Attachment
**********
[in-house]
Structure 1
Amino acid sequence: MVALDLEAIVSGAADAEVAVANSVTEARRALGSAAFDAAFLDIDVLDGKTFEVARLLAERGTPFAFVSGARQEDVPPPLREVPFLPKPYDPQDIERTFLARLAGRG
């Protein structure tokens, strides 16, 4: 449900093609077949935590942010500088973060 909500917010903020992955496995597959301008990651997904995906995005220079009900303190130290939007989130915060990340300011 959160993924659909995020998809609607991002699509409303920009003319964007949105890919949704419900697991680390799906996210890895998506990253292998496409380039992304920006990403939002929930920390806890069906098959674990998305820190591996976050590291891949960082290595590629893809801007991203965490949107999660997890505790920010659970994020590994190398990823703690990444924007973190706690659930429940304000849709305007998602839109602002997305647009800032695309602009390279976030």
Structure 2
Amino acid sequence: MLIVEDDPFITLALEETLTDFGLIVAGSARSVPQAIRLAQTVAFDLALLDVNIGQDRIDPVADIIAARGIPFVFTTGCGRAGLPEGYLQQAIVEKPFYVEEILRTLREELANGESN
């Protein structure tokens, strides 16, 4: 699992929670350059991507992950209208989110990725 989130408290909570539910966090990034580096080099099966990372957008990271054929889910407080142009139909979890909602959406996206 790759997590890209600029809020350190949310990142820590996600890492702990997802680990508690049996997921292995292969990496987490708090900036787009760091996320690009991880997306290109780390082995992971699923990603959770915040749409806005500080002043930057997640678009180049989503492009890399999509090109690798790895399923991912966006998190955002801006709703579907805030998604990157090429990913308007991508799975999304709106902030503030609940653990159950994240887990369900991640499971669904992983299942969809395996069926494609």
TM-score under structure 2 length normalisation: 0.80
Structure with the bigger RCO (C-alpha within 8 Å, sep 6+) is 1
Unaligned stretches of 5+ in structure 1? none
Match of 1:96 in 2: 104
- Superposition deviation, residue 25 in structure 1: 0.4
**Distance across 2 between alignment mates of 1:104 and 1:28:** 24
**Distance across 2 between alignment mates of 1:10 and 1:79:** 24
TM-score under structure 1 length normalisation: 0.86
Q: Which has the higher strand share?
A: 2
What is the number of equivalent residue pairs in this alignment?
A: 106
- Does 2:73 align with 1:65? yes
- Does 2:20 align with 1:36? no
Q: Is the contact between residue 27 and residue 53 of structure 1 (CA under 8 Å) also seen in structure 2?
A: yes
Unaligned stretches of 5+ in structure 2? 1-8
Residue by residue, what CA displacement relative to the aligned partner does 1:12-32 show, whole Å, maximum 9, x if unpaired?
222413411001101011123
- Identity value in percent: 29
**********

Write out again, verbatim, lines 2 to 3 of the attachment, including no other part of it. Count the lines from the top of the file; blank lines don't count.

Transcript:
Structure 1
Amino acid sequence: MVALDLEAIVSGAADAEVAVANSVTEARRALGSAAFDAAFLDIDVLDGKTFEVARLLAERGTPFAFVSGARQEDVPPPLREVPFLPKPYDPQDIERTFLARLAGRG